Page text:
that we would have change and not-change, so
I don't see that citing examples of not-change
in a whole wherein there is change defines atom-
ism since it presents no example outside holism.

One way to look at it is, if we need to
whole to observe X, we're defining holism.
The example you cite relies upon the whole.

>This is useful in many cases where I don't know certain values on the
>identity matrix, but I can nonetheless say things about the partial
>identities I do know; I may even use the fact that net identity is equal
>to zero in order to find unknown values on the table. As you can see,
>this is totally compatible with holism, and yet smacks of atomism.

IAN: Excellent points! I think we agree even
more. What your referring to as "atomism" is
what I've seen as my analysis has progressed
over time that what we call atomism IS in holism,
that the two are not antithetical: the get parts
you need the whole. My point though is that the
100% atomist definition I cited never holds up.

>So my definition, in the clearest form you'll get from me at this hour:
>Atomism is the statement that the truth of partial identities does not
>necessarily change as other partial identities change.

IAN: But it will in that if A and B stay the
same size, and C is also the same, but then
C grows larger, A dn B get smaller by relation.
And when we say A and B are not changing, we
say that relative to change. If there was no
change in the universe, "no-change" would not
be a definable concept.

>When most people say "identity" they mean partial identity; similarly when
>they say "space" they mean partial space, and when they say "time" they
>mean partial time. If the best definition is that which is best
>understood, you are better off saying that identity, space and time can
>all be non-zero (again, meaning partials) but that the sum of all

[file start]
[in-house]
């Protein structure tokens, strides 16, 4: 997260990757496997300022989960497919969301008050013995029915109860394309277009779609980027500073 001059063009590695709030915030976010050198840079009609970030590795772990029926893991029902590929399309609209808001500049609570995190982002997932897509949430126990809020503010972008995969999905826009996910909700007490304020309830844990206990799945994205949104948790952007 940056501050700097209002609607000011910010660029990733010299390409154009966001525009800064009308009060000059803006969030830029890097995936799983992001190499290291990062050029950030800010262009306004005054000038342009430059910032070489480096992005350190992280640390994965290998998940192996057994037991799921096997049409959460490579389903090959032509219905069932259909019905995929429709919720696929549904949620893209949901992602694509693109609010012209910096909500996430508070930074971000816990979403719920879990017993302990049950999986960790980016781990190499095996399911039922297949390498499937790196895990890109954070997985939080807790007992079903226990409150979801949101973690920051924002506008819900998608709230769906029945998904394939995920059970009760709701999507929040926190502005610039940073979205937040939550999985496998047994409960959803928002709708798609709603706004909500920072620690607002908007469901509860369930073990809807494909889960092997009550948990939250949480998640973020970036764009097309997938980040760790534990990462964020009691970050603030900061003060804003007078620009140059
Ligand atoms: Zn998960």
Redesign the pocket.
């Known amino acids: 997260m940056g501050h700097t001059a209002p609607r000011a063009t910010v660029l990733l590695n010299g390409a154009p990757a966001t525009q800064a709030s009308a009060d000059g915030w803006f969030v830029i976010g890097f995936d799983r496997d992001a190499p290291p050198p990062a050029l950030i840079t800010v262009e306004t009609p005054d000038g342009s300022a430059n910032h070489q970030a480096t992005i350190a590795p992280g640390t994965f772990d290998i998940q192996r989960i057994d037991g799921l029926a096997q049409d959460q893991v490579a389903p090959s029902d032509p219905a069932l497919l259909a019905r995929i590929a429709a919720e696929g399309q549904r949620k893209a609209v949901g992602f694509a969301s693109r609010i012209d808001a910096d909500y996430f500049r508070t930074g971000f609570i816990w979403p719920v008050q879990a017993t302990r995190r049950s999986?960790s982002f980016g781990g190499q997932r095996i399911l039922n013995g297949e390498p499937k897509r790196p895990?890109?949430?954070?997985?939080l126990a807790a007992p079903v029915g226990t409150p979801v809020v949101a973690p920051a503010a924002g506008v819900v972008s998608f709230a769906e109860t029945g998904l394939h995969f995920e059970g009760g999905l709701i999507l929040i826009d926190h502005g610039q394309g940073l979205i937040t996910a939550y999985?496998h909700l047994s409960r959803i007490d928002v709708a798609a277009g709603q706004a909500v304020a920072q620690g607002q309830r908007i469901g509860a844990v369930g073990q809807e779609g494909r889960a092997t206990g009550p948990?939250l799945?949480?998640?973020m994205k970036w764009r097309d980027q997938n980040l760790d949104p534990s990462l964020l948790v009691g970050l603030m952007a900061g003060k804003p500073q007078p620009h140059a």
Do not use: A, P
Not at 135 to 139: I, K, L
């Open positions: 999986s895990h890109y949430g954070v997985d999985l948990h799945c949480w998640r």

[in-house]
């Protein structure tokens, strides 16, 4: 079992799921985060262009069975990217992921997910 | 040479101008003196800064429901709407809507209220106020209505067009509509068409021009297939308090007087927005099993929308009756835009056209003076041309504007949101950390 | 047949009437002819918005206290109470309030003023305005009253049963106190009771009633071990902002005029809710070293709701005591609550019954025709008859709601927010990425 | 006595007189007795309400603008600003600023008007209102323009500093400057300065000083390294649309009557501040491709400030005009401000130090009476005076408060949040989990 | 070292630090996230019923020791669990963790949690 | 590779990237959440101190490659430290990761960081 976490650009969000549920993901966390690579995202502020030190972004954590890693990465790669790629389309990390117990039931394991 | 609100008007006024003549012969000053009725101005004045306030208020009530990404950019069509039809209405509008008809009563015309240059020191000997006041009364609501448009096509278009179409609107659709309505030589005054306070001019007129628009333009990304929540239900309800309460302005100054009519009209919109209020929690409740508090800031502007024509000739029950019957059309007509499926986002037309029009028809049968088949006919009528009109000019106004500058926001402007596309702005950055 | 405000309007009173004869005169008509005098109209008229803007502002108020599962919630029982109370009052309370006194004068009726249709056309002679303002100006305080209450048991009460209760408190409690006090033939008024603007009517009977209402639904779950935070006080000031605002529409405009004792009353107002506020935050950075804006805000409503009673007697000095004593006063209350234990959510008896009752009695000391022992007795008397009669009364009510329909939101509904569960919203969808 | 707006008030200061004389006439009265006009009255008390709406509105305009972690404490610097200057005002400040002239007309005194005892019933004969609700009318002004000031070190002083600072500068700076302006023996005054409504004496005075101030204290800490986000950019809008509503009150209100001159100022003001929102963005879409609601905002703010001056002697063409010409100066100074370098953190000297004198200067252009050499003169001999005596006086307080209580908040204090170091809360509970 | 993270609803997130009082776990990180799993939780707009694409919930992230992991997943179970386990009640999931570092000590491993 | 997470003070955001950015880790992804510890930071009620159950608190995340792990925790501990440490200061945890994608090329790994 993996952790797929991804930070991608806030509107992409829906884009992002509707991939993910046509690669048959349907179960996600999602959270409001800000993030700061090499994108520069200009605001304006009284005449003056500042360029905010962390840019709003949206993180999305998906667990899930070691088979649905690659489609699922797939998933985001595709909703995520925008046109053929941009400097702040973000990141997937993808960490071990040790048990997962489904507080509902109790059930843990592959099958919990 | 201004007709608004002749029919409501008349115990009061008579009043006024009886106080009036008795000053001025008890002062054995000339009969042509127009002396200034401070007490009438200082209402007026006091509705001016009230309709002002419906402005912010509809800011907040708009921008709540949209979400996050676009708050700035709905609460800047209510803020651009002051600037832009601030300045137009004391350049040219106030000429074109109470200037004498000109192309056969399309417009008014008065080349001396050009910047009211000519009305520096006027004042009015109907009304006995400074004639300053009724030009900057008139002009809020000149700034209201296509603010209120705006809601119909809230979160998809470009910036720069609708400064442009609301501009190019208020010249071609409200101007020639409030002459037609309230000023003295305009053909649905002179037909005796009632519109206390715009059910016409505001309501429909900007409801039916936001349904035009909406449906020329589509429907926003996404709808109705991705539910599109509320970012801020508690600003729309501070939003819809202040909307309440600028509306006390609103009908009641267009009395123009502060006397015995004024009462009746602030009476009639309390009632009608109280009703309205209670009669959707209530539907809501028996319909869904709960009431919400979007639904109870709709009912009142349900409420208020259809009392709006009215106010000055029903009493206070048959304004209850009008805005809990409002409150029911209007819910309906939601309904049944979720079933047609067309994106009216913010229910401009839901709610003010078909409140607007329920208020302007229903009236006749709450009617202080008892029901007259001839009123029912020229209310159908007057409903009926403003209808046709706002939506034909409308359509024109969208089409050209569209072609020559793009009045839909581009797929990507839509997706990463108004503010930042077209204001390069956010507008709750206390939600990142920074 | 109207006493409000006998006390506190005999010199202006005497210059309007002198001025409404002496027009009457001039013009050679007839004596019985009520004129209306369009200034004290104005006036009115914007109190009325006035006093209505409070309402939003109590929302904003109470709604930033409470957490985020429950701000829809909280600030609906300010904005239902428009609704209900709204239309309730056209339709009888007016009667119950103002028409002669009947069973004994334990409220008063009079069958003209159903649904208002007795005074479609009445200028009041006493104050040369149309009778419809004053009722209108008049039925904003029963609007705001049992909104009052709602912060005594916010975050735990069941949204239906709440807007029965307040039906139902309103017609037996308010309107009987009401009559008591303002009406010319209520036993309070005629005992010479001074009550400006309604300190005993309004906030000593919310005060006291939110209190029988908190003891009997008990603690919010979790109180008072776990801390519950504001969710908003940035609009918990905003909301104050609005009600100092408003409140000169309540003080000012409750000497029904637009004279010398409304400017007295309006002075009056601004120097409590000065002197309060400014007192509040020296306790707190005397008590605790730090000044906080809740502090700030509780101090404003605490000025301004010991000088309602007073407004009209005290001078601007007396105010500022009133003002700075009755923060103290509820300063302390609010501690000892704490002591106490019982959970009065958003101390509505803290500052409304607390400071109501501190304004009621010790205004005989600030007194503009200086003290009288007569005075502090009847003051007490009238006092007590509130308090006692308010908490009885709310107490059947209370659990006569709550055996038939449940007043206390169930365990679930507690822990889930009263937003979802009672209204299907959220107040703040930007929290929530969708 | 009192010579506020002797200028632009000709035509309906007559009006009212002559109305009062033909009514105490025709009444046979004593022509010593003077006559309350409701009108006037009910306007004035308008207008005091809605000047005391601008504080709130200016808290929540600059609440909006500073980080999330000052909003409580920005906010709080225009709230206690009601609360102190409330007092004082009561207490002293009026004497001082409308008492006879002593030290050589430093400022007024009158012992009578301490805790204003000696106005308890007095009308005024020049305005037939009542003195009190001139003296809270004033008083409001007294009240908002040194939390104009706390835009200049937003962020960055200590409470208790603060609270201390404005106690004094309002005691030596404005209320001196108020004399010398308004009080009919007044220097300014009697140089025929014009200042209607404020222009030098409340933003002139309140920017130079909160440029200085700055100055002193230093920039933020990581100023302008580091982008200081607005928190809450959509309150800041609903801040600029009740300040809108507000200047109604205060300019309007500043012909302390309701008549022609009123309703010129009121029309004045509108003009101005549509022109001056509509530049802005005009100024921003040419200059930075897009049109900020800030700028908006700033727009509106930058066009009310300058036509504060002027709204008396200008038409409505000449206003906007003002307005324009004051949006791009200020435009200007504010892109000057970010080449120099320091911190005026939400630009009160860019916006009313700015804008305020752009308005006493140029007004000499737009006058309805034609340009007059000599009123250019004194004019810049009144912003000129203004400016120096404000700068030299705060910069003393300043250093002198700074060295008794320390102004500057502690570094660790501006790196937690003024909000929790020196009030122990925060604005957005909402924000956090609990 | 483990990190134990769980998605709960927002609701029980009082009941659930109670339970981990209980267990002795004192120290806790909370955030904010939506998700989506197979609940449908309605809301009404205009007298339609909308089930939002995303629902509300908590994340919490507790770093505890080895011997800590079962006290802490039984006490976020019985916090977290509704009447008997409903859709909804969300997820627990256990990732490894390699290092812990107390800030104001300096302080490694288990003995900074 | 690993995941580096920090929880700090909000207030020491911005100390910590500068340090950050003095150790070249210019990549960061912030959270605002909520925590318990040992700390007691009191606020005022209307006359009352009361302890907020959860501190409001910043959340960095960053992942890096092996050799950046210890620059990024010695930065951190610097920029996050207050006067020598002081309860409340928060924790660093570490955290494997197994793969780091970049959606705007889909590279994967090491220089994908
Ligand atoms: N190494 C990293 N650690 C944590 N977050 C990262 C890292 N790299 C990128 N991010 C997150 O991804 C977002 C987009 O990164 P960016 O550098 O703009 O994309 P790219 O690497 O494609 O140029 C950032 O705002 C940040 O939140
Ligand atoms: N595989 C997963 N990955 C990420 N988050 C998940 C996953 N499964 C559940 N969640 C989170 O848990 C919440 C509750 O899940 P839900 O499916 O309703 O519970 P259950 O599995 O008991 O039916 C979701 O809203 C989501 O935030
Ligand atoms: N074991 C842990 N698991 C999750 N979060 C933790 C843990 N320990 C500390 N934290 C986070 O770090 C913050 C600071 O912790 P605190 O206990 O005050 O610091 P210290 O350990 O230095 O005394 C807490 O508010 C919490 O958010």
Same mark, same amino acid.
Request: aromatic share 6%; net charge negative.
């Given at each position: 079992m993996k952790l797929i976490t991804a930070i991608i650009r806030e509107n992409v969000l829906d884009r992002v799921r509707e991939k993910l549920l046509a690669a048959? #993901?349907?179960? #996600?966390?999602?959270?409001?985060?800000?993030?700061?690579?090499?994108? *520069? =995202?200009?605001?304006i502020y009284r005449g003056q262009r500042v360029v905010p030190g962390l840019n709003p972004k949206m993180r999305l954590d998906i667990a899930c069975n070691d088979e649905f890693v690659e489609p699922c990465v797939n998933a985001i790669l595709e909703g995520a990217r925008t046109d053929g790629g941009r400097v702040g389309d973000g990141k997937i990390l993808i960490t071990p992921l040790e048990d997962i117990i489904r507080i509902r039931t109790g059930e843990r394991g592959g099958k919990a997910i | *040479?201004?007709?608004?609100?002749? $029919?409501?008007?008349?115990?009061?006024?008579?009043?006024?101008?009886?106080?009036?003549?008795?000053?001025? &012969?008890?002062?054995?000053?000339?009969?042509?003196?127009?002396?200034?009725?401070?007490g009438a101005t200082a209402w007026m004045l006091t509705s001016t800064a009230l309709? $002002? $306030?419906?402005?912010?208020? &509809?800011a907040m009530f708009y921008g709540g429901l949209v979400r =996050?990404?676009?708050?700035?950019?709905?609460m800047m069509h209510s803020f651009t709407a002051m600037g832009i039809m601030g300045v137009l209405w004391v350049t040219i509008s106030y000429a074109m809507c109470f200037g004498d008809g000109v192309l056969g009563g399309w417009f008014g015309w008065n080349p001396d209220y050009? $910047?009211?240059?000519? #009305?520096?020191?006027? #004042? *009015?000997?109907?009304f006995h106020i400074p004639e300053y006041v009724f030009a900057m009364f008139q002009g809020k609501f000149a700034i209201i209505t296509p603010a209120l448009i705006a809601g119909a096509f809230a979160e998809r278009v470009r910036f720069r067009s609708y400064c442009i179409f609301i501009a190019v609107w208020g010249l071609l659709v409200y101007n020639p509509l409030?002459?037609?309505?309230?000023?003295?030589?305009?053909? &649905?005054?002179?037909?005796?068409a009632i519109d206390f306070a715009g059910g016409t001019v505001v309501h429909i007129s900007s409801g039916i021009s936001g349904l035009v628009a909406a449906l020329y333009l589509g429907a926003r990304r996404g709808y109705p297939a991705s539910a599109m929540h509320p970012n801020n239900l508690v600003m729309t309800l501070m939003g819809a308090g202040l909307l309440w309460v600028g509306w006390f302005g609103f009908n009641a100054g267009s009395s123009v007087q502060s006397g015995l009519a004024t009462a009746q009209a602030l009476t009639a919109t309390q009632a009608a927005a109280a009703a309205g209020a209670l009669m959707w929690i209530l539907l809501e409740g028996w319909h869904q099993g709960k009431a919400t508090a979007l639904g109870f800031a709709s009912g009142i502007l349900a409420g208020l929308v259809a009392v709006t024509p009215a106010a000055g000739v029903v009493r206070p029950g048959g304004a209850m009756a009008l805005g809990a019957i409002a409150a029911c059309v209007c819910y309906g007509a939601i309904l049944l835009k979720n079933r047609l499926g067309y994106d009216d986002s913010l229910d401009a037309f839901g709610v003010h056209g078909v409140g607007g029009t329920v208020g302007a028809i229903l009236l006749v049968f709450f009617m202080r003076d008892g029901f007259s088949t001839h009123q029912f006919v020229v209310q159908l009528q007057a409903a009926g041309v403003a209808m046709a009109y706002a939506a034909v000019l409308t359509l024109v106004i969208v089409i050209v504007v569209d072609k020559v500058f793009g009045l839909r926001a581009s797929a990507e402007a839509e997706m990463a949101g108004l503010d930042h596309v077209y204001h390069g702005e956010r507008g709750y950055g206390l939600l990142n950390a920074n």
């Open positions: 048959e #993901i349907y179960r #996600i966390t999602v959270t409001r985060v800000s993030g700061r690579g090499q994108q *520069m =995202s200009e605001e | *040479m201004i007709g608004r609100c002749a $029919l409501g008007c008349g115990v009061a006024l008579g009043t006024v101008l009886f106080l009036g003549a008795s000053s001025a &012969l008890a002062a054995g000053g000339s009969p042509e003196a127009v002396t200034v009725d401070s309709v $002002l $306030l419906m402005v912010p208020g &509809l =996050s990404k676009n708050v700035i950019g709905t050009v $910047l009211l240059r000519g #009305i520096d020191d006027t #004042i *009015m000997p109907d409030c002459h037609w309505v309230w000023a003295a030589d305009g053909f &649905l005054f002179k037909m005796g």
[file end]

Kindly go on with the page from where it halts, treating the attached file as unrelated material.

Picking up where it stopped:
>identities relative to all other identities is zero and that this is the
>whole truth.

IAN: But when I refer to part A I refer to
part -A by exclusion. When I say look at
that bird, I saying something about all
else, I say "Don't look at all else,"
and thus I refer to all by default.
I may not list all that is in all
else, and so to I may not list
every feature of the bird.

>Similarly, when people refer to mysticism, they usually intimate something
>which is not predicted by Newtonian physics actually taking place.
>However, as we can clearly see, your theories of identity and Newtonian
>physics go hand in hand; you cannot use the identity matrix to prove
>that psychic phenomena are possible or that reality is infinitely
>malleable by the human mind or that 0 = 1; all of these are popular
>conclusions of mysticism as practiced and defined by others. This reason
>alone may be sufficient reasoning to abondonit.

IAN: Yes, and that's the crux of the issue here.
The traditional concept of "mystical" is something
that is antithetical to logical and physics. I have
had the "mystical experience, white light and the
awareness of eternal and infinte being (really
awasome!), so I'm defining what that mystical
experience "told me" about reality. It told
me that all things are connectd, that no
thing is free from the All, and that
each things contains All by relation.

Feeling that this "mystical" eperience has
been wrongfully defined as something other
than the profound experience of the logical
union of all things, I've sought to map out
the reality that is seen during "the light."
It's my feeling that its UN-mystical, that
it's a phenomenal explosion of intelligence.

So my saying "mystical validation" skirts two
worlds, in that it does not purport to say
anything about Gods, ghosts, psychics... but
simply that this type of experience that is
defined as "mystical" and what is seen to
be the truth during it, is in fact logical.

>... I even begun to convince you that we atomists aren't so
>bad after all. (A task which a series of great minds on this list have
>apparently tried and failed to do.)

IAN: I disagree with that. I think that I've
clearly shown that the example of a not-changing
relation amidst changin realtions is not an exmaple
of atomism, but of holism, since C is C realti to not-C.
Also, the not-C relation changes it's relative identity
(such as becoming bigger, slower, smaller, faster...)
relative to C. Similarly, no other exampls have been
shown of A that is A free, so I totally refute the
implication that you and others have been providing
evidence that holism is less than 100% absolute.


"A new scientific truth does not triumph by convincing its
opponents and making them see the light, but rather because
its opponents eventually die, and a new generation grows
up that is familiar with the idea from the beginning."

Max Plank - Nobel physicist

"The smallest minority on earth is the individual.
Those who deny individual rights cannot claim
to be defenders of minorities." Ayn Rand